My name is Rehema Namaganda Bavuma, I have a BA in Development Studies and an MA in Social Sector Planning. I am now a PhD fellow at Makerere University. The COVID-19 situation in Uganda has improved. We hear of less people dying, at least not like before. This was different a few months ago; you would wake up every morning, check your phone and see that in every WhatsApp group a person had died or a relative had died – and you wished that you hadn’t looked at your phone or wished you wouldn’t go online. There was a lot of tension. The numbers are going down at the moment and the lockdown is slowly being lifted. People are now struggling with the consequences of the lockdown. People have lost their business and jobs. People have difficulties to get back to their businesses, because they used their money/capital to live through the lockdown. We have started to share food in our communities with friends, neighbours and sometimes relatives.
In this project I am interested in various things. I am curious on why people seem to fear testing, while at the same time they go for testing out of curiosity. Why some want to know their status, while others prefer not know? Those who go for testing are relieved when the result turns out to be negative.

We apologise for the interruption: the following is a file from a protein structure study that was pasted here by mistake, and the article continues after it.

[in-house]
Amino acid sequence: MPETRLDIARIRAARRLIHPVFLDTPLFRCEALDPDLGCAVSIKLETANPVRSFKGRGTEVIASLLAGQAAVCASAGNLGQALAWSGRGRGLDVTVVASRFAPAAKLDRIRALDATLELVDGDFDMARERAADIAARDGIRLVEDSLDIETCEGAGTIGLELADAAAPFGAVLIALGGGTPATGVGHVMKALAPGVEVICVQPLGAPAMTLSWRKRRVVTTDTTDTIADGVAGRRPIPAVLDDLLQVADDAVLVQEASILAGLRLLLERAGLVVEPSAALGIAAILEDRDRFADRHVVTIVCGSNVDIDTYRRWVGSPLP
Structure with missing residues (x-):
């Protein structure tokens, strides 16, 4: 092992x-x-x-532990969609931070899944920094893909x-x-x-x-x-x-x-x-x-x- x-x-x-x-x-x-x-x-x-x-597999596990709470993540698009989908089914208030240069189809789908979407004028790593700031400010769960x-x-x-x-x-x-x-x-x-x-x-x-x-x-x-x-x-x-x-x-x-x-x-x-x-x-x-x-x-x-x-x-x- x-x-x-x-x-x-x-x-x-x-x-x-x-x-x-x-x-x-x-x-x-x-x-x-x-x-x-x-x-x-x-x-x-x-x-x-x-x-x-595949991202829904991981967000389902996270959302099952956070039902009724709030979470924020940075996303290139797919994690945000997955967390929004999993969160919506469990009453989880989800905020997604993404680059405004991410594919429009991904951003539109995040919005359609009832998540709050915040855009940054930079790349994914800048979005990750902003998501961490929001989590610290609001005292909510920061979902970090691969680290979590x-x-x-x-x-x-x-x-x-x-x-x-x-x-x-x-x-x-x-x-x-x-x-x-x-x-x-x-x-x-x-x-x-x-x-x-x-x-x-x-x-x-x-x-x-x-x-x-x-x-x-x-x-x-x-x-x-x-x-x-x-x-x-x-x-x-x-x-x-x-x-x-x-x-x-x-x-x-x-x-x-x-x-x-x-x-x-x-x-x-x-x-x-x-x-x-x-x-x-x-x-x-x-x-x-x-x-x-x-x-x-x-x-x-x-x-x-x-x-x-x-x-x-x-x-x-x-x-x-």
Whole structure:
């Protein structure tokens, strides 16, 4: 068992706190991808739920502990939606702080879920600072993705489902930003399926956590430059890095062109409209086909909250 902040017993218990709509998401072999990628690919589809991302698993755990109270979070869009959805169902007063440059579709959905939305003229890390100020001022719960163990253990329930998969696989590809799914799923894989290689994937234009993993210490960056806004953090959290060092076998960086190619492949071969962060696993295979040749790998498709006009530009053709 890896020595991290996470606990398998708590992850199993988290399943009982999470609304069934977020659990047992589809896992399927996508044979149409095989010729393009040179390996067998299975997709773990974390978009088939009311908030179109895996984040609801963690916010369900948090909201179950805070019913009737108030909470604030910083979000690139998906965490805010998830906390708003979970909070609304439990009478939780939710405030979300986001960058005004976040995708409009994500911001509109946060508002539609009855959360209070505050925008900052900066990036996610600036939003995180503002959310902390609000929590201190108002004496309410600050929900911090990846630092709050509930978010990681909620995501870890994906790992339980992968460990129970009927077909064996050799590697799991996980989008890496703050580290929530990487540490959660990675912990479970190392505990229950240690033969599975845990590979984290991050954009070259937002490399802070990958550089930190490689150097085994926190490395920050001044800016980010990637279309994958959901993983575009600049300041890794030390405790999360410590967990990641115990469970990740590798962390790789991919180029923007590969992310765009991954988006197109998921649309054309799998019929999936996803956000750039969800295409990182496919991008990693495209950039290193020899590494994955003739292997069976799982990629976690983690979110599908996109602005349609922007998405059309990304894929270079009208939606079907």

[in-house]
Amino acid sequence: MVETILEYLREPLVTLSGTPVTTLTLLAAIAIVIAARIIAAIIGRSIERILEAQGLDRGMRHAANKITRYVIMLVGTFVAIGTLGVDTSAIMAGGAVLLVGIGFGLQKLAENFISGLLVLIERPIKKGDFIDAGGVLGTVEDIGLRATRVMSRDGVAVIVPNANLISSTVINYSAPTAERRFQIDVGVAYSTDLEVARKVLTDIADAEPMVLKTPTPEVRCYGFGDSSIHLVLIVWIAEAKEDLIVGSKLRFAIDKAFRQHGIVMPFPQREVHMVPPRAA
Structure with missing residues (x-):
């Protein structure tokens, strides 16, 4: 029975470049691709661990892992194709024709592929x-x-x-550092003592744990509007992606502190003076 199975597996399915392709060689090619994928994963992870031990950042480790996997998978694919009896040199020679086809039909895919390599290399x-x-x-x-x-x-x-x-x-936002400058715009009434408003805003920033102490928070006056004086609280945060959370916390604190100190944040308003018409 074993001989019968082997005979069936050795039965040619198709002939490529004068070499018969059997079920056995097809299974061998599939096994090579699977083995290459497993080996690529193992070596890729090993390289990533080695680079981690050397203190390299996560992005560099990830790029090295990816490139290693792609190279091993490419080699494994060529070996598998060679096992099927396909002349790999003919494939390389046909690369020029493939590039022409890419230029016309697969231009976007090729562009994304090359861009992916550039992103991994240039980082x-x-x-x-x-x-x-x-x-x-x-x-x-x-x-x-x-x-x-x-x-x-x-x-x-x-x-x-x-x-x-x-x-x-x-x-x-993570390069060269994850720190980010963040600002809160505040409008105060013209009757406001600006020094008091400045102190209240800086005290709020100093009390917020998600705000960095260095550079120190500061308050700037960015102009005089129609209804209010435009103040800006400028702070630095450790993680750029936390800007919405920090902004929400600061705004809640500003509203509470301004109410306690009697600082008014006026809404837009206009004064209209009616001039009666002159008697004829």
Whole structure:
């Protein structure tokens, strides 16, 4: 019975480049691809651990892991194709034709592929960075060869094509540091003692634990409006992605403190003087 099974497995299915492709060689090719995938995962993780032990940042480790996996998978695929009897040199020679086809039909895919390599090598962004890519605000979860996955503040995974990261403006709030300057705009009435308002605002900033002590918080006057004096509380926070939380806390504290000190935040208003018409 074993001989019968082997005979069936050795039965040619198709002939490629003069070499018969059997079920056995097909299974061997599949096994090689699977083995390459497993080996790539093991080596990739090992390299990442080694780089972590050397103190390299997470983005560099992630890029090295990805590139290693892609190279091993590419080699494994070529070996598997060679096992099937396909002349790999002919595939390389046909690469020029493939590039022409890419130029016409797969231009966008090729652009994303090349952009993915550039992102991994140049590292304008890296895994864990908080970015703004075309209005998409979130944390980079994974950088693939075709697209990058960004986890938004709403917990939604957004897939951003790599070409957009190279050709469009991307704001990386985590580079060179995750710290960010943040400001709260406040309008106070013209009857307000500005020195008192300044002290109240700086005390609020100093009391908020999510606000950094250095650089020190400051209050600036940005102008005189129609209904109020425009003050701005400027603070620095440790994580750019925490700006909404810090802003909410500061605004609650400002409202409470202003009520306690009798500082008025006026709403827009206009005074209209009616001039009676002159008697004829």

In spite of the curiosity, there is fear what happens after the knowing. Some people have so far told me thatthey would take the necessary measures, like stay at home, if they were tested positive. Given the fact that lockdown has just been lifted and everyone wants to work and get over the economic hardships brought by the lockdown, will anyone voluntarily agree to stay home? Given the stigma that comes with other people knowing you as a COVID-19 patient, will people disclose their status and isolate themselves? Especially at this moment when the economy is open, transport is open? It is difficult to imagine how one would behave now if they tested positive for COVID-19.I hope to find out more about this in our research.